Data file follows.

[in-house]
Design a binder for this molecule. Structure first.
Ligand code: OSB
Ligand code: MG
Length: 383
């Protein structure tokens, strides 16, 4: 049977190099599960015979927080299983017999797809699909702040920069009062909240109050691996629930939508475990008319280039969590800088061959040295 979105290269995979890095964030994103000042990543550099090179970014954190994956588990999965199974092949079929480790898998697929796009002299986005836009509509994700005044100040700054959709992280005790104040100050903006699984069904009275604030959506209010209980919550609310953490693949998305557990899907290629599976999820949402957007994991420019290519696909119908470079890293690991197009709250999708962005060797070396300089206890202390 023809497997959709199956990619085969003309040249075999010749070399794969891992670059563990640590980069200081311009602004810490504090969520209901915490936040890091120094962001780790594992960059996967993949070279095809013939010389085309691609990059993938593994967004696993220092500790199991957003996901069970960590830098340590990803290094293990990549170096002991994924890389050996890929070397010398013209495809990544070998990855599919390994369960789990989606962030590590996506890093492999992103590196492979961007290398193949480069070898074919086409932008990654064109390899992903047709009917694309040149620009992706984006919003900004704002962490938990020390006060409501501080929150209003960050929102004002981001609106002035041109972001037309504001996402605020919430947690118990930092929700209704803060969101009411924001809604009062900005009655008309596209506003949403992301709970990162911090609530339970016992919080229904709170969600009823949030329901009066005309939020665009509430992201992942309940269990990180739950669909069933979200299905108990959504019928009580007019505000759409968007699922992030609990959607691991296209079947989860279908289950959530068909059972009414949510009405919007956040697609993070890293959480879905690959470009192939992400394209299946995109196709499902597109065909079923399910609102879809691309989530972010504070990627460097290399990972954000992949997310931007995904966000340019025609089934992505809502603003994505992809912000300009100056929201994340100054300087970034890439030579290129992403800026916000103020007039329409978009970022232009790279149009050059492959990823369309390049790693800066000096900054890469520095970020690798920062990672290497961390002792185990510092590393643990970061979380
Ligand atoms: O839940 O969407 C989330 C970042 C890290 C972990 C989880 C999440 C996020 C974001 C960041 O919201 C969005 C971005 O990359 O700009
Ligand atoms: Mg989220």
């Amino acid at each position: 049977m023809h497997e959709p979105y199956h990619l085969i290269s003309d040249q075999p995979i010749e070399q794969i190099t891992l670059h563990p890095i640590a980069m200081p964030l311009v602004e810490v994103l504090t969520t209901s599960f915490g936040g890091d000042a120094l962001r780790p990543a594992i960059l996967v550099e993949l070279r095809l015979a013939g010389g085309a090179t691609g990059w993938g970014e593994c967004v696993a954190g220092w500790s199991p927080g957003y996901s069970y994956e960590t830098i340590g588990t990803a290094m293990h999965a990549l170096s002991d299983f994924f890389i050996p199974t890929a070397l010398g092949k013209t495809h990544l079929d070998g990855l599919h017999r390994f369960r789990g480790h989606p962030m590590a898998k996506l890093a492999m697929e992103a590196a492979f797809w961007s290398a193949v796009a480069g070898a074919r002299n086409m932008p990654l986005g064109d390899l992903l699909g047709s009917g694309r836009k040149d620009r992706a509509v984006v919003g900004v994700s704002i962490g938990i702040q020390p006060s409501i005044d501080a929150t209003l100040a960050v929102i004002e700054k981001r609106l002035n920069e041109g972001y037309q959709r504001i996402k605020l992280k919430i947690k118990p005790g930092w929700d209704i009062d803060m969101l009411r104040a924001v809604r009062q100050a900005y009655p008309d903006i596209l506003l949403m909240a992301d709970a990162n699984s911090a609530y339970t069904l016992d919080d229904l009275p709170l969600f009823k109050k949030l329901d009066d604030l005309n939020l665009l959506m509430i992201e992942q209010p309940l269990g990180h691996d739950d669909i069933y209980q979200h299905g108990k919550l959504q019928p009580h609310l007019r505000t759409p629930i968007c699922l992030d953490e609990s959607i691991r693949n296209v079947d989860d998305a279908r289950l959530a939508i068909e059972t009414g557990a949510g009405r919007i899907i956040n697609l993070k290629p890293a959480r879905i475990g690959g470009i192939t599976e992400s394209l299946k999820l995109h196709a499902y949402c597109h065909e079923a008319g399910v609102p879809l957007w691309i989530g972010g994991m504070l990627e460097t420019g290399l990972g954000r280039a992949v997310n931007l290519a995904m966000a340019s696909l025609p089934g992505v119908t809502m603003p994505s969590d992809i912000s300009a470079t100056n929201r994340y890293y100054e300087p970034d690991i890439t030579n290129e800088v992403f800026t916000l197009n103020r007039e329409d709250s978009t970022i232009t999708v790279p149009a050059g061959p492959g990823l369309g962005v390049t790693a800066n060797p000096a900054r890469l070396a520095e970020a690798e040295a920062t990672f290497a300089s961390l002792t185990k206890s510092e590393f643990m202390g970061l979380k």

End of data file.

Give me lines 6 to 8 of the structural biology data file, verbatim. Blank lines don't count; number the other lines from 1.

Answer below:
């Protein structure tokens, strides 16, 4: 049977190099599960015979927080299983017999797809699909702040920069009062909240109050691996629930939508475990008319280039969590800088061959040295 979105290269995979890095964030994103000042990543550099090179970014954190994956588990999965199974092949079929480790898998697929796009002299986005836009509509994700005044100040700054959709992280005790104040100050903006699984069904009275604030959506209010209980919550609310953490693949998305557990899907290629599976999820949402957007994991420019290519696909119908470079890293690991197009709250999708962005060797070396300089206890202390 023809497997959709199956990619085969003309040249075999010749070399794969891992670059563990640590980069200081311009602004810490504090969520209901915490936040890091120094962001780790594992960059996967993949070279095809013939010389085309691609990059993938593994967004696993220092500790199991957003996901069970960590830098340590990803290094293990990549170096002991994924890389050996890929070397010398013209495809990544070998990855599919390994369960789990989606962030590590996506890093492999992103590196492979961007290398193949480069070898074919086409932008990654064109390899992903047709009917694309040149620009992706984006919003900004704002962490938990020390006060409501501080929150209003960050929102004002981001609106002035041109972001037309504001996402605020919430947690118990930092929700209704803060969101009411924001809604009062900005009655008309596209506003949403992301709970990162911090609530339970016992919080229904709170969600009823949030329901009066005309939020665009509430992201992942309940269990990180739950669909069933979200299905108990959504019928009580007019505000759409968007699922992030609990959607691991296209079947989860279908289950959530068909059972009414949510009405919007956040697609993070890293959480879905690959470009192939992400394209299946995109196709499902597109065909079923399910609102879809691309989530972010504070990627460097290399990972954000992949997310931007995904966000340019025609089934992505809502603003994505992809912000300009100056929201994340100054300087970034890439030579290129992403800026916000103020007039329409978009970022232009790279149009050059492959990823369309390049790693800066000096900054890469520095970020690798920062990672290497961390002792185990510092590393643990970061979380
Ligand atoms: O839940 O969407 C989330 C970042 C890290 C972990 C989880 C999440 C996020 C974001 C960041 O919201 C969005 C971005 O990359 O700009
Ligand atoms: Mg989220």